Right the wrongs in RTE: Five ideas
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In any other country that aspires to achieve accelerated and inclusive development, and proudly—and rightly—sees a unique 'demographic dividend' in the preponderance of children and youth in its population, the following facts would surely cause deep concern. Sadly, the response of the political establishment and government in India to them is going to be, to use a term recently popularised by our Prime Minister, "business as usual".
Here are a few of the alarming findings from Pratham's Annual Status of Education Report 2012, released on Thursday. In 2010, 29.1 per cent children in class V couldn't solve a two-digit subtraction problem. The figure shot up to 39 per cent in 2011 and to 46.5 per cent in 2012. Only 30 per cent of class III students could read a class I text book in 2012, down from 50 per cent in 2008. The number of children in government schools who can correctly recognise numbers up to 100 has dropped to 50 per cent from 70 per cent, the downward slide having accelerated after the Right to Education (RTE) law came into force in 2010. Enrolment in private schools, which are assumed to be better run than government schools, has risen from 18.7 per cent in 2006 to 28.3 per cent in 2012. If this trend continues, India could have 50 per cent children in private schools, where parents certainly have to spend more. Look how a supposedly pro-poor initiative is turning out to be horribly anti-poor.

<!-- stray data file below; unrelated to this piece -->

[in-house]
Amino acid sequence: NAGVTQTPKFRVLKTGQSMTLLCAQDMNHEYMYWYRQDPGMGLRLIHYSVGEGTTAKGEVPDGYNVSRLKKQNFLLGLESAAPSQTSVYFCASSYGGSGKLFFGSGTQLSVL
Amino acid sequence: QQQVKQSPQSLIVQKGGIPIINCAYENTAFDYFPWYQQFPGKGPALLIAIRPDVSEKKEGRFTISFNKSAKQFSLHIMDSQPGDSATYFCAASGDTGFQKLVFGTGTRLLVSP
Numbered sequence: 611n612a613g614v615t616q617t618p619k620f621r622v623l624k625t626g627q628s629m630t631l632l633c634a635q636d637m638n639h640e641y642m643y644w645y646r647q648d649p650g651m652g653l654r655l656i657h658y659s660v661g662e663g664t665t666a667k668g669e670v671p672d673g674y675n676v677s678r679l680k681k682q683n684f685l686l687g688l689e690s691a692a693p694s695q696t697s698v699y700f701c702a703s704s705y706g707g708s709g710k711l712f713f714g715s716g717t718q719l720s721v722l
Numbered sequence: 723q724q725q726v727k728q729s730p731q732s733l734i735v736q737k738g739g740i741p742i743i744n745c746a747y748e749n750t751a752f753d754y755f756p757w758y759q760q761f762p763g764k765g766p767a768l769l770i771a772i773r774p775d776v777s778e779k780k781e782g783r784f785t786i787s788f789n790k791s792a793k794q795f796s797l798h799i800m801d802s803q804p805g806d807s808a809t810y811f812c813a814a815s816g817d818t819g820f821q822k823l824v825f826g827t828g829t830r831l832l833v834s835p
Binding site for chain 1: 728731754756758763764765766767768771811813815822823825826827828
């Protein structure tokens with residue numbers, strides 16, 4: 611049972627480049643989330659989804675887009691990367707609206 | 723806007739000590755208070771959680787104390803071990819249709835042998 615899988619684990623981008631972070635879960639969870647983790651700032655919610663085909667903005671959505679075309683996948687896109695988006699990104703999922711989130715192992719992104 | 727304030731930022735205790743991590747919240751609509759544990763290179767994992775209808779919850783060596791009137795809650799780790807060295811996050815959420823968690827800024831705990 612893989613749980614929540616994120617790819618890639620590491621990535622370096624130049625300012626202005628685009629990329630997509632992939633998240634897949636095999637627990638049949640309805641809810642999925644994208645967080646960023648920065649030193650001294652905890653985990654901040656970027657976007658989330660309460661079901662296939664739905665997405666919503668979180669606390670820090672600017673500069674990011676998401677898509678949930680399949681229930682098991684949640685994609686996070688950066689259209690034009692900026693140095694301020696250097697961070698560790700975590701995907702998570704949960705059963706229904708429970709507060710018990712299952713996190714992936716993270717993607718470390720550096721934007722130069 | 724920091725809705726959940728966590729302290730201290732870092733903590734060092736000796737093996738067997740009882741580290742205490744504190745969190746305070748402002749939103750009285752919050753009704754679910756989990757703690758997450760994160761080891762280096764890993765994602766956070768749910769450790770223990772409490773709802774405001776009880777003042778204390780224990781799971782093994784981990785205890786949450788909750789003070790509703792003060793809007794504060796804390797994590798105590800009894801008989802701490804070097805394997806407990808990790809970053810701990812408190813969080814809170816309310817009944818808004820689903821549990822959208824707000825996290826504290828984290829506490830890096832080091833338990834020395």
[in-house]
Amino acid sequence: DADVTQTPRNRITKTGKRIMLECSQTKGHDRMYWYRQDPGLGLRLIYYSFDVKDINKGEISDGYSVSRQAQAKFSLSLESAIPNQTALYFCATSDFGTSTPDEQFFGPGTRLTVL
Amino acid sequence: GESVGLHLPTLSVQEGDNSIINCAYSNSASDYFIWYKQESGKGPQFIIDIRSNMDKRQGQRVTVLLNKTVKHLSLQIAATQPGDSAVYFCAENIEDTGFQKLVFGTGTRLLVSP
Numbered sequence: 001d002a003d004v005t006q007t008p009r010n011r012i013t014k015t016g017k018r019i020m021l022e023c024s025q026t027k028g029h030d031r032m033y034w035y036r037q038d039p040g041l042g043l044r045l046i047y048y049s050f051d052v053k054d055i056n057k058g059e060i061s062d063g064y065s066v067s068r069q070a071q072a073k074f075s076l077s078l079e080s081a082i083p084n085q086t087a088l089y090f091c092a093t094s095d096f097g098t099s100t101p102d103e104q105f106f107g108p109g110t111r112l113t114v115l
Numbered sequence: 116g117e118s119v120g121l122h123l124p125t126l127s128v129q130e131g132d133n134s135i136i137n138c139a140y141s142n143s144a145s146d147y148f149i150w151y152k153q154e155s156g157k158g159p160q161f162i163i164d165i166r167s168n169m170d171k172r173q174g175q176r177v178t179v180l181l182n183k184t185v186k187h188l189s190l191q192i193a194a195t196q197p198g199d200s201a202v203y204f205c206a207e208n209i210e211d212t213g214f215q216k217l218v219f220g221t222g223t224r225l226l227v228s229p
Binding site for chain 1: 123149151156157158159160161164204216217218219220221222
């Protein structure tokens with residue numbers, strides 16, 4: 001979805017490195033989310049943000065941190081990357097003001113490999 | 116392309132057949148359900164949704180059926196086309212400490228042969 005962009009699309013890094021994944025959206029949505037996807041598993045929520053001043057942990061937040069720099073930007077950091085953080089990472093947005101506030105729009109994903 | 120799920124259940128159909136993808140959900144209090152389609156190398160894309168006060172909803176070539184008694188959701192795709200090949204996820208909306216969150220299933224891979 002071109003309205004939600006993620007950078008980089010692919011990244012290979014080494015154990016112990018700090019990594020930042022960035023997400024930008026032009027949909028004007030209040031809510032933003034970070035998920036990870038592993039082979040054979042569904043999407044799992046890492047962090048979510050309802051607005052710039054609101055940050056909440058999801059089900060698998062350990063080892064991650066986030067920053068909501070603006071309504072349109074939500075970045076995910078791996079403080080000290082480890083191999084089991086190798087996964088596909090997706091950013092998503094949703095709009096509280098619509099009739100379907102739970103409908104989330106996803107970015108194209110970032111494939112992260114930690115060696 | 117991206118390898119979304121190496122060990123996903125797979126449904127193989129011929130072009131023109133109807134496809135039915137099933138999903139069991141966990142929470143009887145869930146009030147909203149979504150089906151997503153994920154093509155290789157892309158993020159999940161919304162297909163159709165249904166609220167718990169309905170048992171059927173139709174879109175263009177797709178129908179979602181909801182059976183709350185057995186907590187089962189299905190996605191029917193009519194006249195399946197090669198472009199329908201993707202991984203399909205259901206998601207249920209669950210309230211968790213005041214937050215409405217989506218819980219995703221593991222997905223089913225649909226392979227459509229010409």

If HR is India's greatest resource, and if good education is the key that unlocks the door opening the path to its enrichment, then our government-driven educational policies and programmes are failing. The findings by Pratham are notable because they once again show that merely infusing funds into the system is no automatic guarantor for achieving qualitative progress, much less excellence. In education, quality is what matters even to poor parents who prefer costly private schools to government-run schools. And quality education is what must matter to policy-makers if they really want India to reap the demographic dividend in terms of high levels of economic, social and cultural development. But can India's development outcomes be good if the learning outcomes are bad in its schools?
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